TG: I think I stopped listening to indie rock. That's actually a pretty big thing. I mean, I listen to it still because it's like happening and I like to keep up on things but I stopped kind of strong identifying with it for whatever that's worth. What I play is definitely indie rock, there's no question but I just kind of stopped. On one hand I stopped really giving a shit about indie rock aside from what my friends are doing which I think is cool and picking and choosing here and there but while I stopped caring about it I think I wanted the stuff I was making to sound a little more like it. I was like 'Fuck it.' I made an art-pop album that was maybe a bit impenetrable tone-wise to some people and I kind of want to make stuff that people listen to and I want my stuff to make sense with the stuff that other people are doing so people have a door in. So I switched up the approach a little bit to make it a little more like the stuff I listened to when I was growing up. Just like 90s indie rock; Pedro the Lion and Pavement, Built to Spill and stuff like that. I can say that's like a big influence.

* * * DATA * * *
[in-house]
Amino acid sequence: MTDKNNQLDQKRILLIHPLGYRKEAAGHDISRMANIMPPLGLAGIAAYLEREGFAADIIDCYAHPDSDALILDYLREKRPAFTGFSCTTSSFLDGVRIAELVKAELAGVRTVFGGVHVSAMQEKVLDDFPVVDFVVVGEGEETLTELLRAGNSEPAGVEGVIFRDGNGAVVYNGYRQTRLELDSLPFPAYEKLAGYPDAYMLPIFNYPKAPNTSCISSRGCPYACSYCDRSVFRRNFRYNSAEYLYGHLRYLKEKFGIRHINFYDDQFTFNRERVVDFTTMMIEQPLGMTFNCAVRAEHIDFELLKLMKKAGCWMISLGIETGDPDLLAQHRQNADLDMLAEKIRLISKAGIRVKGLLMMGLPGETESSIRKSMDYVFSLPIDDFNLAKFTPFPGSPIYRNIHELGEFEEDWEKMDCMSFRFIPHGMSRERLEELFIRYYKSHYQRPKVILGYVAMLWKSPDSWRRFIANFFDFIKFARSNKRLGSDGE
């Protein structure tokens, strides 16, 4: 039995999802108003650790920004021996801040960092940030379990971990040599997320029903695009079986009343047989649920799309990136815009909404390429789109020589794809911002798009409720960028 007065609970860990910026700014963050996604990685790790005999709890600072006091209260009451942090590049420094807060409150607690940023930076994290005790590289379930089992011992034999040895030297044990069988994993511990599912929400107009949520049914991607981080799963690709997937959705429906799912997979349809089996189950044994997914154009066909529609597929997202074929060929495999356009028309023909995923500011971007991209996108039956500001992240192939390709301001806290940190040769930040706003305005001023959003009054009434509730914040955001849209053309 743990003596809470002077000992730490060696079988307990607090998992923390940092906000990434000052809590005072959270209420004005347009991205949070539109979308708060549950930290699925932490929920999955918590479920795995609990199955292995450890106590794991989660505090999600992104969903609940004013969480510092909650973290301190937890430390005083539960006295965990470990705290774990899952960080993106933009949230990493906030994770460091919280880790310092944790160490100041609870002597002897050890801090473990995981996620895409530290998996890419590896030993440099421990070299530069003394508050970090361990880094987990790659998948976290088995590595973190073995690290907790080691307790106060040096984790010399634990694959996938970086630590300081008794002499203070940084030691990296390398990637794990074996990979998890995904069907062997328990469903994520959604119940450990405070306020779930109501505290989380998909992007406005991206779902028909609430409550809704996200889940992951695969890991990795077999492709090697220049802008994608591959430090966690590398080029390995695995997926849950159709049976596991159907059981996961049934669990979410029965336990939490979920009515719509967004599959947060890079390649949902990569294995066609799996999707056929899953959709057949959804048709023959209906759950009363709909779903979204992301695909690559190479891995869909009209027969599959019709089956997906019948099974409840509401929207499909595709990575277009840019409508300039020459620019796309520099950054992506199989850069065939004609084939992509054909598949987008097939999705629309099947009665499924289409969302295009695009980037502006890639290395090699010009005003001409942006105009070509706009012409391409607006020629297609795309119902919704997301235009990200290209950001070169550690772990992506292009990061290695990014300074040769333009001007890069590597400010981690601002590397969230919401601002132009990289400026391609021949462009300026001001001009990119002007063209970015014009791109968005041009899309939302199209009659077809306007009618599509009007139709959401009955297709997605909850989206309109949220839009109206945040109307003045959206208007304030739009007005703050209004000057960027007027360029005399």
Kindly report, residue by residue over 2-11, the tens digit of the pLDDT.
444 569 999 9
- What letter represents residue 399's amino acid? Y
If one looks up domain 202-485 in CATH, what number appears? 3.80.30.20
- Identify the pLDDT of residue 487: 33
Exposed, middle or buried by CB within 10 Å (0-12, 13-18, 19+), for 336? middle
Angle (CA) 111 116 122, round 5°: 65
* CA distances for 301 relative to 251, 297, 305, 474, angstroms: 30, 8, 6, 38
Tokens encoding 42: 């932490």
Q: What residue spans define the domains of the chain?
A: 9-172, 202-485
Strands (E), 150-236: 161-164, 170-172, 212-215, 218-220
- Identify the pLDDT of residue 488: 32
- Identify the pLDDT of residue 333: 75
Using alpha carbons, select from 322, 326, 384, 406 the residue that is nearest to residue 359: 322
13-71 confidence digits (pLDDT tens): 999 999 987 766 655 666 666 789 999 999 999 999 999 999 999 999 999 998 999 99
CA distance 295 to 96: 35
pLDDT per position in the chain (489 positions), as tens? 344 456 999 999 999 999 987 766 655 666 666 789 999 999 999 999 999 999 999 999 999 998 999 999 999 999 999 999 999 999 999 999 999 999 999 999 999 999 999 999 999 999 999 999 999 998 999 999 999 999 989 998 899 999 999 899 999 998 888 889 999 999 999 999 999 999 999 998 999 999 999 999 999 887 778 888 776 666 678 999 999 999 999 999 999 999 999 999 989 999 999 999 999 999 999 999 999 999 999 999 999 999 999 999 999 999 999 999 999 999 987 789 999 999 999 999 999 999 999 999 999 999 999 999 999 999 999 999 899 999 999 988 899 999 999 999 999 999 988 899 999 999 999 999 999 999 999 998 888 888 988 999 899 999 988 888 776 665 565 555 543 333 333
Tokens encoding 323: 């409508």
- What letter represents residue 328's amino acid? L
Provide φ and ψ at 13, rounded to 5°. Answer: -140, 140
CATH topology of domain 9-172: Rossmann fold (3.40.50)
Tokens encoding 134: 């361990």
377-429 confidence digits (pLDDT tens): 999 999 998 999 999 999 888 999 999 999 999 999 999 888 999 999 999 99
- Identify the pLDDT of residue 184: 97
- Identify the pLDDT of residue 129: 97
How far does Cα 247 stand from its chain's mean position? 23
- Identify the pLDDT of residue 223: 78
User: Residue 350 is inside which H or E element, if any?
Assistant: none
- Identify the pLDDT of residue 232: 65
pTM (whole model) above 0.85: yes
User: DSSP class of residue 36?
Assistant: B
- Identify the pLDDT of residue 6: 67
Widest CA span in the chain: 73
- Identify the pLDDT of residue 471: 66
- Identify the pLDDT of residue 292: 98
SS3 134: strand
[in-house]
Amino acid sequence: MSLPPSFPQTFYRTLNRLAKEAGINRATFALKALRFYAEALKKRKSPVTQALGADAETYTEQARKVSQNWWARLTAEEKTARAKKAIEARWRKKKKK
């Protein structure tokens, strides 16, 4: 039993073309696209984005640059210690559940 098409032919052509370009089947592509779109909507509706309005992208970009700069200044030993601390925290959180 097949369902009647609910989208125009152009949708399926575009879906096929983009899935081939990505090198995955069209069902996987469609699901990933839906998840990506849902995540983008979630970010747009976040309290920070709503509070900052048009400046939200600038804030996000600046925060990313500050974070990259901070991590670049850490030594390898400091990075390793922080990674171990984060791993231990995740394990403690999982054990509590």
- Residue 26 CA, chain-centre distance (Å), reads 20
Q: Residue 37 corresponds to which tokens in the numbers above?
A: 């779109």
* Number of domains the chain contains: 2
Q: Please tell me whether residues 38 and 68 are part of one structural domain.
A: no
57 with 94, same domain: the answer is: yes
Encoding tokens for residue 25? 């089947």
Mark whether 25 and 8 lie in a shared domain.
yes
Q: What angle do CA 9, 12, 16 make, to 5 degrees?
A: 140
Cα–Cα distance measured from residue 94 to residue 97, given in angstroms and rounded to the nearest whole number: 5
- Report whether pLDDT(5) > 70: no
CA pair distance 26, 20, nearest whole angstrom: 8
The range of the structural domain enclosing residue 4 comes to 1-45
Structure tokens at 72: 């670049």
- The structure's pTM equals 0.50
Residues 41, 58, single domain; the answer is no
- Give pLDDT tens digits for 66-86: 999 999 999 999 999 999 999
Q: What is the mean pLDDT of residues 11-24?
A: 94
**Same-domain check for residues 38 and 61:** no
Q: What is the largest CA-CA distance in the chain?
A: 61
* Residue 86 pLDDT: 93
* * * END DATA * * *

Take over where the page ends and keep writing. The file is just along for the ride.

For Summer Skills you said some of the influence came from really intense movies like Brick. Was there any particular mindset you tried to get into when trying to write these songs that you attached to? 

TG: Yeah. I feel like this is a little bit more influenced by some books. I'm trying to concentrate a little more on smaller moments and intimate details. I read this book by Lorrie Moore called Birds of America. Every story is really beautiful and kinda sad and about very real people but it's just like so perfectly observed and I kind of wanted to do something that was more impressionistic and intimate. It was less about the widescreen mood and concept.

So it was about two or three years ago when you recorded your other EP, was there any particular way you went about it this time on this new EP? 

TG: No. More mics, better mics. We got someone to mix this album. We worked on all the tracks ourselves and got this guy Jason Finkel to do the mixing.

I know him. 

TG: You know him? Of course! Through the blog world. He's a really awesome guy and we totally get along and he just gets how to make all this stuff kind of work together. It sounds fucking great - it'll be done by the end of next week. We recorded it the same but I think the years of difference just in terms of how our views have changed and our sensitivities and stuff and the fact that we got someone to really put it together is going to make a huge difference.

 Much thanks to Todd Goldstein for sitting down with me (again) to discuss what's one of my most anticipated released. The new EP, aptly titled EP2 will be released September 10th on Paper Garden Records.